Education Community Service Program
Summer Cooking and Sewing Classes
GFWC Glendale Woman’s Club (AZ) developed and offered cooking and sewing classes four days a week during the summer. There were 17 cooking students and 15 sewing students including boys and girls. Those in cooking learned about table manners, kitchen cleanliness, and nutrition, in addition to cooking, and received a children’s cookbook. Students in sewing made a tote bag, personal pillowcase, and mug rug, and received an owl pincushion made by members and a tape measure.
Book Fairy Book Collection
GFWC North Pinellas Woman’s Club (FL) continued their Book Fairy project by collecting 1,300 books for distribution in association with the Florida Future Educators of America at the high school. New distribution points included the Florida Dream Center, FEAST food pantry, and an after-school tutoring program. Their partnership with Habitat for Humanity Pinellas continued and children’s books were placed in new Habitat homes. A $200 GFWC Literacy Grant was used to purchase books for Habitat families.
Woodbine Woman’s Club (GA) worked with the city for three years to establish a library. Members obtained an old fire station and HVAC system. They worked on the building with Habitat for Humanity and the high school Skills USA team. The school district committed to $10,000 a year for operating costs. Club members applied for grants to make the building ADA compatible and partnered with the library and Lions Club to raise $7,000 for library renovations.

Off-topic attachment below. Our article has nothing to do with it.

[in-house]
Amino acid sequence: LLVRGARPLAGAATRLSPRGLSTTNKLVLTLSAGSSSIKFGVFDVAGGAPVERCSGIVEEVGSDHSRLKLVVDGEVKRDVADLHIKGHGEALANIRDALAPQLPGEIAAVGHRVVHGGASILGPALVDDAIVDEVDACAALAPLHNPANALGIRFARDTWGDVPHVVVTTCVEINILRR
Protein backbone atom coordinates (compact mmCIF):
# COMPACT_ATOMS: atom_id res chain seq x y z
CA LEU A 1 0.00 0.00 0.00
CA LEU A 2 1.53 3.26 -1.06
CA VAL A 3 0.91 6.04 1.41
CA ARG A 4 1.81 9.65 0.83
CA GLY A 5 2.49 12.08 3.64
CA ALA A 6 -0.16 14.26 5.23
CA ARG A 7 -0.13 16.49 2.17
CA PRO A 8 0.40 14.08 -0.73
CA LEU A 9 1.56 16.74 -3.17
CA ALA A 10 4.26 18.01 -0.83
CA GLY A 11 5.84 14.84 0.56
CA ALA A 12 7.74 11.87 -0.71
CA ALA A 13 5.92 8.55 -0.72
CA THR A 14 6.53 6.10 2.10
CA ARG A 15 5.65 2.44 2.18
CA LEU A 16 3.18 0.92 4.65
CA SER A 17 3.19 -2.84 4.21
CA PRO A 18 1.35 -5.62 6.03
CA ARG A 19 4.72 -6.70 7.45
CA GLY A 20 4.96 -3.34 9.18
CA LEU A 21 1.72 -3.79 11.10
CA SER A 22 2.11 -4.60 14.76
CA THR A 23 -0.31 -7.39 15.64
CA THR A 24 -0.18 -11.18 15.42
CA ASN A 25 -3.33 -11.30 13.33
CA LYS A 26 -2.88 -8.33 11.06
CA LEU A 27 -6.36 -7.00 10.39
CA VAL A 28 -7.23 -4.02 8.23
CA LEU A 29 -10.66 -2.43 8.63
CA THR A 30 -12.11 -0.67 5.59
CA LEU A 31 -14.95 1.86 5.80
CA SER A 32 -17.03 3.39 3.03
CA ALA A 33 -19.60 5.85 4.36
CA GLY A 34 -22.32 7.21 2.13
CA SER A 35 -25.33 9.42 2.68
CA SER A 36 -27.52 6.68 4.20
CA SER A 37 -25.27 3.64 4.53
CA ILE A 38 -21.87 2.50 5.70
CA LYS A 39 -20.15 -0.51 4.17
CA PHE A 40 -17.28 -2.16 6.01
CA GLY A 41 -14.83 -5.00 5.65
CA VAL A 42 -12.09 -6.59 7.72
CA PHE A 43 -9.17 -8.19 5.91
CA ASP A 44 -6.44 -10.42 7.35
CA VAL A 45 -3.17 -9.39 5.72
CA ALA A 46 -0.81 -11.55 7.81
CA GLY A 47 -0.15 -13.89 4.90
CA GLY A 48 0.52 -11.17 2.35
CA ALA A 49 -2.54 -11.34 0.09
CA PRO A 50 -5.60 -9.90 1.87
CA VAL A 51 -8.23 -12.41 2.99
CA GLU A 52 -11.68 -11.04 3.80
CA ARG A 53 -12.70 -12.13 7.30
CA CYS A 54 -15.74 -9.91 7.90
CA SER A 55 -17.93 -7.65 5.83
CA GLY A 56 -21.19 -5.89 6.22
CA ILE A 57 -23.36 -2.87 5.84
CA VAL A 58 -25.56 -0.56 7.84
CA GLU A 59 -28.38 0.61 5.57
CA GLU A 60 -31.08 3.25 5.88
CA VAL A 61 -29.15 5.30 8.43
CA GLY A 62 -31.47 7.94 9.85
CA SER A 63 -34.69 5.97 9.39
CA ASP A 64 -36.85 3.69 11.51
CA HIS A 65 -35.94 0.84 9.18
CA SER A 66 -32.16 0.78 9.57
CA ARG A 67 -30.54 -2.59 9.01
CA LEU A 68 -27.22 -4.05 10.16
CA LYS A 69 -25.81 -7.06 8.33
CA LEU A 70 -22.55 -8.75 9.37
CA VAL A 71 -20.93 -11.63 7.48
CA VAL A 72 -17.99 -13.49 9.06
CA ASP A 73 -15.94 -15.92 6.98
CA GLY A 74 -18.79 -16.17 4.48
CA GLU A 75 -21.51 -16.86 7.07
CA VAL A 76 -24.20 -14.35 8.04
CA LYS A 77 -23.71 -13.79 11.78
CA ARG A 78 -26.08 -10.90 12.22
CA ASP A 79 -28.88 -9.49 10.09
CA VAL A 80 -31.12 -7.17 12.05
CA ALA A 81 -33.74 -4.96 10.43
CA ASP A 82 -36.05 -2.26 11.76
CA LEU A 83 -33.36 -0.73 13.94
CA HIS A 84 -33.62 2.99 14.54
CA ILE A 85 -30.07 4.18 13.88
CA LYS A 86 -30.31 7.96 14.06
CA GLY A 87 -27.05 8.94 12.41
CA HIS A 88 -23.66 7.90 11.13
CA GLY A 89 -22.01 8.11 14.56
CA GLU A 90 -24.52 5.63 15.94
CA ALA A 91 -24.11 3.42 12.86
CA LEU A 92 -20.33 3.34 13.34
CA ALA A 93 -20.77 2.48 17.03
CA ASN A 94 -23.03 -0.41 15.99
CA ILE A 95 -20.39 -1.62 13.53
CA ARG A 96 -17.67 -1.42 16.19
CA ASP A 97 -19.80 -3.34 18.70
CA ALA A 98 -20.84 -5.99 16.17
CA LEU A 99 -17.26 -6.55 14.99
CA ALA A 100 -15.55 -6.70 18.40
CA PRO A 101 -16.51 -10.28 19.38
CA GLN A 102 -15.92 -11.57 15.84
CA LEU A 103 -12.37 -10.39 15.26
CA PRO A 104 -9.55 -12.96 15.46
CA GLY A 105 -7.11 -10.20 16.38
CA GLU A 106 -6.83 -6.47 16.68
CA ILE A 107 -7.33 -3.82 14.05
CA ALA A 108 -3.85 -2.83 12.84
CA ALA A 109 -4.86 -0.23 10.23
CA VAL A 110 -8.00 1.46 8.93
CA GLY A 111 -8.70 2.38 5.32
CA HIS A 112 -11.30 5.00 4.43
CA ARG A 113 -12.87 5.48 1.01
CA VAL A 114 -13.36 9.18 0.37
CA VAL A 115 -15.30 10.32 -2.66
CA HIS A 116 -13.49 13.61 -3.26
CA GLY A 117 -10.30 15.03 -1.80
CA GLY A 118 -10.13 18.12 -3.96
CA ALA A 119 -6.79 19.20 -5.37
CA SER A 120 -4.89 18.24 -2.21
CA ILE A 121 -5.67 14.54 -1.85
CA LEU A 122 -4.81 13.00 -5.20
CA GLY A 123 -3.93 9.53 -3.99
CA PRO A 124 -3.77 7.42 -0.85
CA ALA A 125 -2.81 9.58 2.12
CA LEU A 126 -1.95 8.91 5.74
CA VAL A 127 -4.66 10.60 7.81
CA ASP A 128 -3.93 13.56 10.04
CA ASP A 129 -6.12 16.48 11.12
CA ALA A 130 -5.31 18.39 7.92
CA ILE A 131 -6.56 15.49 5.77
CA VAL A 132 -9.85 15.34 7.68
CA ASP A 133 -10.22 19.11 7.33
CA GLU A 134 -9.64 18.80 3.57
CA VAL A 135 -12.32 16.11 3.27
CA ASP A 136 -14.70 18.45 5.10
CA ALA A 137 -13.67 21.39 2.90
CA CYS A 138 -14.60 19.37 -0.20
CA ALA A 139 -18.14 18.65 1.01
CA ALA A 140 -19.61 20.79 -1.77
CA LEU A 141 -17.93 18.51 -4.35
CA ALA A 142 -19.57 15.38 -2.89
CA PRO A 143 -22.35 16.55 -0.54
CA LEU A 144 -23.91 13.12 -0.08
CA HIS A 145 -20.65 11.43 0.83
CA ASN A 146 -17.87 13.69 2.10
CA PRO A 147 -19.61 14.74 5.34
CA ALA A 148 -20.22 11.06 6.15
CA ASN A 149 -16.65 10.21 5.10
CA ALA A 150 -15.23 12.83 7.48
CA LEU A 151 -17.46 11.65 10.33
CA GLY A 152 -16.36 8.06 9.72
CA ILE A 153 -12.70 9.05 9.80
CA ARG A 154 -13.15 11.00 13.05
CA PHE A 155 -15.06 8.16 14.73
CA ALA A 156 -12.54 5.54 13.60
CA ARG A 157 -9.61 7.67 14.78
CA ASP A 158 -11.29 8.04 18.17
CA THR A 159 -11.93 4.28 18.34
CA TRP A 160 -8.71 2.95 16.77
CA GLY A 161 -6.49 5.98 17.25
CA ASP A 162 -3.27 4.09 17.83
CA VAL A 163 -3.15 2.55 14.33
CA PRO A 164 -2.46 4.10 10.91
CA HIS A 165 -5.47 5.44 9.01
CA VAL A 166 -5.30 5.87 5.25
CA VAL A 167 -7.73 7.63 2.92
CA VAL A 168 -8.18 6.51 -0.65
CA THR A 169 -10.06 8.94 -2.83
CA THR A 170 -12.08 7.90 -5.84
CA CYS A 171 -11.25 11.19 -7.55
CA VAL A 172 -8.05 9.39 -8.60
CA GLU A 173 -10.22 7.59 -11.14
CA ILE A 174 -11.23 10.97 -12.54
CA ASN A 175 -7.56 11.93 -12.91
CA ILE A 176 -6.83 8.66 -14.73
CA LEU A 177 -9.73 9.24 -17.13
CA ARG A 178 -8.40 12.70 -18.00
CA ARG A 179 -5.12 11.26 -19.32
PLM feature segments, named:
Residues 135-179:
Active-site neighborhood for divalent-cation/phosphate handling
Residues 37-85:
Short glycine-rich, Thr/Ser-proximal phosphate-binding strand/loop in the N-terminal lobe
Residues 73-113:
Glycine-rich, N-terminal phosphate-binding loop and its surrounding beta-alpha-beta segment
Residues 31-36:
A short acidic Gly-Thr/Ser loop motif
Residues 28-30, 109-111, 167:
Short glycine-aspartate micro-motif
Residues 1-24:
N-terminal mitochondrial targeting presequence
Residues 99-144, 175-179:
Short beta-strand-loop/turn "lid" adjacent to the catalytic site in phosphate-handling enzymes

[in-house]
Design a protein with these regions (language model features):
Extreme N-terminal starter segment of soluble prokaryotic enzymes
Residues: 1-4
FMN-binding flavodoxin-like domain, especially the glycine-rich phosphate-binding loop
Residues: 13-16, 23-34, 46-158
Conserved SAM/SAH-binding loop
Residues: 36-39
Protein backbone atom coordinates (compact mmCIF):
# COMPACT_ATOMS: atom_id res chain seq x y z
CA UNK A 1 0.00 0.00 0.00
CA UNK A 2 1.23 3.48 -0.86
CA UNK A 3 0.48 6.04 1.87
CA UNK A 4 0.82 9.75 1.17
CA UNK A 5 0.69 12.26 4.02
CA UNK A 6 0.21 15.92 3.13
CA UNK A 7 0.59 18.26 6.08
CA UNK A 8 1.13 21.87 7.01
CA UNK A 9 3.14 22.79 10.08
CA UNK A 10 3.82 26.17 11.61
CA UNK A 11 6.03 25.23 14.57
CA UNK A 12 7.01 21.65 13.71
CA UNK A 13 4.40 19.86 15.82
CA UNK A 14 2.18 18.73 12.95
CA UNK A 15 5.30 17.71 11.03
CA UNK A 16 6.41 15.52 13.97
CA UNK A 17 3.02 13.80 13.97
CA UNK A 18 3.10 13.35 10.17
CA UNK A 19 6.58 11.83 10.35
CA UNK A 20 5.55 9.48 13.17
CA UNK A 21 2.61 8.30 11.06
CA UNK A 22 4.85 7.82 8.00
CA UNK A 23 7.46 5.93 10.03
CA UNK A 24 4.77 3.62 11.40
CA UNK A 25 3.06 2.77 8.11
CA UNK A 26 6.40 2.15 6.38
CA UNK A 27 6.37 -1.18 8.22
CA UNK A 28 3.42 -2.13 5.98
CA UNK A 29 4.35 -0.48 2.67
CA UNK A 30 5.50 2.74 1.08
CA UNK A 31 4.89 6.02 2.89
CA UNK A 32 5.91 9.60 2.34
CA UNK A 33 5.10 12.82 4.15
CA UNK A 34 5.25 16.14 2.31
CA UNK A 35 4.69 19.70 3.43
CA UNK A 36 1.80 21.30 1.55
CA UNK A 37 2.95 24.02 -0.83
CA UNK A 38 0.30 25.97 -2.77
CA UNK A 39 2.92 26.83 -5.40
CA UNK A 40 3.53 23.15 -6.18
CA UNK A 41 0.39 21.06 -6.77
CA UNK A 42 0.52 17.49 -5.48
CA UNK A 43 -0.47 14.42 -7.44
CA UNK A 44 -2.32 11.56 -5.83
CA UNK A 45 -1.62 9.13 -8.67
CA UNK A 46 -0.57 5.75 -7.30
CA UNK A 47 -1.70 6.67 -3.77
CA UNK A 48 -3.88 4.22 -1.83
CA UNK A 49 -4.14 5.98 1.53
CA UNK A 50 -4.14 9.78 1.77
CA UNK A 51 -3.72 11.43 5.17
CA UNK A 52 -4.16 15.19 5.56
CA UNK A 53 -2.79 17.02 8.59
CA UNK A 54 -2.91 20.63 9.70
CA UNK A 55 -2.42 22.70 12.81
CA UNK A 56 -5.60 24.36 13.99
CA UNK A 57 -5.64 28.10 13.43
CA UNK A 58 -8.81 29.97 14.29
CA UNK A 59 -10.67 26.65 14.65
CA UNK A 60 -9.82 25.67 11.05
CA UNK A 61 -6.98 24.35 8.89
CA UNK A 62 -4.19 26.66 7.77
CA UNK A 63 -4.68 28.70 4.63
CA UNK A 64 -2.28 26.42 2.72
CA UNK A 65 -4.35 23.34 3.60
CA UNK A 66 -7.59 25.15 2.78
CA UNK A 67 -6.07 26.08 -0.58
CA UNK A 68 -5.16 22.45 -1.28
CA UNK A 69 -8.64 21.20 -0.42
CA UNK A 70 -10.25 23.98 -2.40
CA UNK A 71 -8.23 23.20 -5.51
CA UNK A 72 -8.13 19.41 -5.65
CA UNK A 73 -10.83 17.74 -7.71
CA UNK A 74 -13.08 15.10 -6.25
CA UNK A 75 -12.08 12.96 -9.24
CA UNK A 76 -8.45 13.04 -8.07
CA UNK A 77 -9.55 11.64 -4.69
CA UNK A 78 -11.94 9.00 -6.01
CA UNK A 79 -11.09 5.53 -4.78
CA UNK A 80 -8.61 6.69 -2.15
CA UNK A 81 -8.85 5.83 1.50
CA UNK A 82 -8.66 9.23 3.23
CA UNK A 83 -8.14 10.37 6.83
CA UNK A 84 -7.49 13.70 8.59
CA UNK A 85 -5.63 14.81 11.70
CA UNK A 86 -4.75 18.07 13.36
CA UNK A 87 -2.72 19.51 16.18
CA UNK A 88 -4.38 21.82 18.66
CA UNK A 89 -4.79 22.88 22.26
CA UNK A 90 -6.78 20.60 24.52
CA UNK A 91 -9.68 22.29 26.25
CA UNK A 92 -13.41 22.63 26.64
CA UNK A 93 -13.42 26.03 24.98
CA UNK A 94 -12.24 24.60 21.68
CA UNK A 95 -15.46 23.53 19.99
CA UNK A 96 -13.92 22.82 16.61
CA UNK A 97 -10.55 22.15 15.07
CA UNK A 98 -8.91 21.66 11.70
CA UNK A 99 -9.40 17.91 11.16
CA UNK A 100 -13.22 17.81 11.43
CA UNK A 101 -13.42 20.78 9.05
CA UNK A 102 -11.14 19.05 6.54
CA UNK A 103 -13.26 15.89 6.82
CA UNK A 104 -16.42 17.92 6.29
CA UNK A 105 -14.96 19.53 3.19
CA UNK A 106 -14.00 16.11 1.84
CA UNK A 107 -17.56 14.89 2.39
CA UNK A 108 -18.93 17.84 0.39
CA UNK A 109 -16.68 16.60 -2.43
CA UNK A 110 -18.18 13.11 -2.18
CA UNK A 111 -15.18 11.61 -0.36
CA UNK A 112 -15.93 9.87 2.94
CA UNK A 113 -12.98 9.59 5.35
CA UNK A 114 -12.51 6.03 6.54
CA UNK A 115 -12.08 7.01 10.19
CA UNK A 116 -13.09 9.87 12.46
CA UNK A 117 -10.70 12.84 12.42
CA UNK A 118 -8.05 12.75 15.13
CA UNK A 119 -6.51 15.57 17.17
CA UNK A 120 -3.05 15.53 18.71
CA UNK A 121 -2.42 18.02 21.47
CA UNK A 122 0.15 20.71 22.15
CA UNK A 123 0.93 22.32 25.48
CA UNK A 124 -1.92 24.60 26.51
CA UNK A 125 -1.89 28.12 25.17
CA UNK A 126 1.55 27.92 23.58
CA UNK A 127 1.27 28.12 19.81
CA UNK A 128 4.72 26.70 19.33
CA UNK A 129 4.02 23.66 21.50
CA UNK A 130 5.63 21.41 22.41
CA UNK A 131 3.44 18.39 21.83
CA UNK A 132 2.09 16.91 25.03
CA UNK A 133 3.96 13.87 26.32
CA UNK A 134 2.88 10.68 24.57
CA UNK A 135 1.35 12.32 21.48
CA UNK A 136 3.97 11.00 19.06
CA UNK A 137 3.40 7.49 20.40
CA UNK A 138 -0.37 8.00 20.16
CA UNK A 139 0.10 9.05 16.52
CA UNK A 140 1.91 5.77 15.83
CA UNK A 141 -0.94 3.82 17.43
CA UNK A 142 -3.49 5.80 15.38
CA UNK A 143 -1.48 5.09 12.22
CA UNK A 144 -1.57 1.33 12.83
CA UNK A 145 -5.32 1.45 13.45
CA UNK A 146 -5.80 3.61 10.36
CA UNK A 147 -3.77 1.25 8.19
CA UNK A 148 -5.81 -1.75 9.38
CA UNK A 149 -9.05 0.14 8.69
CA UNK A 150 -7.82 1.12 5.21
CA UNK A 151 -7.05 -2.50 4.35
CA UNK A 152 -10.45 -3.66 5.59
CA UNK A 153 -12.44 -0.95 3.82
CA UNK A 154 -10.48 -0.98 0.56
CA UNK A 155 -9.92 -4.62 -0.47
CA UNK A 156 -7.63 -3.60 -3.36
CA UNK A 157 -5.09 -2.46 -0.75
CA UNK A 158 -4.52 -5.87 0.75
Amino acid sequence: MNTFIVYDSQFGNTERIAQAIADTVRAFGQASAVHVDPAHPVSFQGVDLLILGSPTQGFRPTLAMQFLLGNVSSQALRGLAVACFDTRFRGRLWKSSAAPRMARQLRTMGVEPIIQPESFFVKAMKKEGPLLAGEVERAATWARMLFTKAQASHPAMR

Run For the Roses
GFWC Semper Fidelis Club (ME) held a “Run for the Roses” Kentucky Derby party that raised $2,000 in proceeds to support an expansion of the town library. Much went into event planning, including printing and selling tickets, hanging posters, and preparing food with a Kentucky Derby theme. Members found old children’s rocking chairs and decorated each to match a book that it was paired with for auction. Attendees dressed in true Kentucky Derby style.
Project Literacy for Little Ones
GFWC Woman’s Club of Laurel, Inc. (MD) established project “Literacy for Little Ones” to promote pre-literacy skills in the home and instill a love of books in young children. The club donated 18 sets of Brown Bear, Brown Bear, Who Do You See and found accompanying stuffed bears. These were given to children attending a parent-child enrichment group coordinated by the library’s Infant and Toddler Program. Laminated cards provided parent tips for reading to children.
Early Literacy Emphasis
As part of Smart Start’s Park-Time Reading Campaign, GFWC South Brunswick Islands (NC) dedicated a Little Free Library at a beach park and maintained a steady book supply. To aid in maintenance, the club received a $1,000 community grant from the electric membership corporation. They partnered with “Raising a Reader” and connected with Dolly Parton’s Imagination Library. Ninety-six Dr. Seuss books, 57 toddler board books, and 32 Christmas books were purchased from Dollar General.
Read for the Record